Sailcloth Explained

We only use cloth provided by the four largest and most reputable suppliers globally

The secret to cutting a good sail lies with the choice of the most appropriate cloth. When a sail is designed there are many interacting variables such as size, displacement, righting moment, aspect ratio of the sail (the ratio between the height and foot of the sail), intended use, coastal cruising, ocean passages, inland, extended cruising in areas of high uv, racing, charter, sheltered or open waters, performance in a longevity sense and performance in a speed sense; together with decades of experience with different yarn types and constructions and tens of thousands of sails with millions of miles of cumulative mileage all being taken into account.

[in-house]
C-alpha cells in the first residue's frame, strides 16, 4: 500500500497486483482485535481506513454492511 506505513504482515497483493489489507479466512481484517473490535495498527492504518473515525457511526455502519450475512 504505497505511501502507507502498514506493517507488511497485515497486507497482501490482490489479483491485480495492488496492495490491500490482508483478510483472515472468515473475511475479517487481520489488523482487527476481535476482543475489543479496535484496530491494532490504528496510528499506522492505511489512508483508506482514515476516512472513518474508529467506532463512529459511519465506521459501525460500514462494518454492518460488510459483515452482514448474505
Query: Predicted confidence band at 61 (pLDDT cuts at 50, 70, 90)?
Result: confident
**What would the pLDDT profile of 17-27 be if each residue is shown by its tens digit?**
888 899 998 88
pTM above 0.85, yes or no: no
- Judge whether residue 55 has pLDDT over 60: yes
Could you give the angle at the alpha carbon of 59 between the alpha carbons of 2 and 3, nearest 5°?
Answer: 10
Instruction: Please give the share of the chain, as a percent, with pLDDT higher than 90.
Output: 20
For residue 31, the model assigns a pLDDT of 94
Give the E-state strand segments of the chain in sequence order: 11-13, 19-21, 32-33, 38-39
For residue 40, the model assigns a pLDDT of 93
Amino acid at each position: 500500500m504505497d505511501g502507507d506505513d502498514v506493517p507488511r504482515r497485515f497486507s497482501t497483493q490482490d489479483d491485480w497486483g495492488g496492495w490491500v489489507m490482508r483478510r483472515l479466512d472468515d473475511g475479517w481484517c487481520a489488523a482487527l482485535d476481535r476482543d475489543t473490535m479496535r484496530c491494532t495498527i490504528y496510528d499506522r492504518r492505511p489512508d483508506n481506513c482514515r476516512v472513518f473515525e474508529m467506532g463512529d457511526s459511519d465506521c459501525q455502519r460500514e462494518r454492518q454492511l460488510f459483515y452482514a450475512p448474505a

The other side of the equation is that various sailcloth designs are better suited to specific applications. It is generally understood that the ultra lightweight high tech laminate fabrics are faster but have a shorter lifespan. What is less well understood is that some material is designed with extreme fill orientation (less stretch across the roll) and is best suited to high aspect ratio sails (tall and narrow), some square constructions are suited to low aspect ratio sails (equal stretch in both directions for example short luff long footed sails) and some warp orientated (less stretch along the roll) specifically designed for radial cuts. Whilst it makes sense to make tall narrow mainsails where 95% of the major load is across the panel a different approach is appropriate for a long footed overlapping genoa.


Cloth Glossary

Check our sailmaking glossary more help.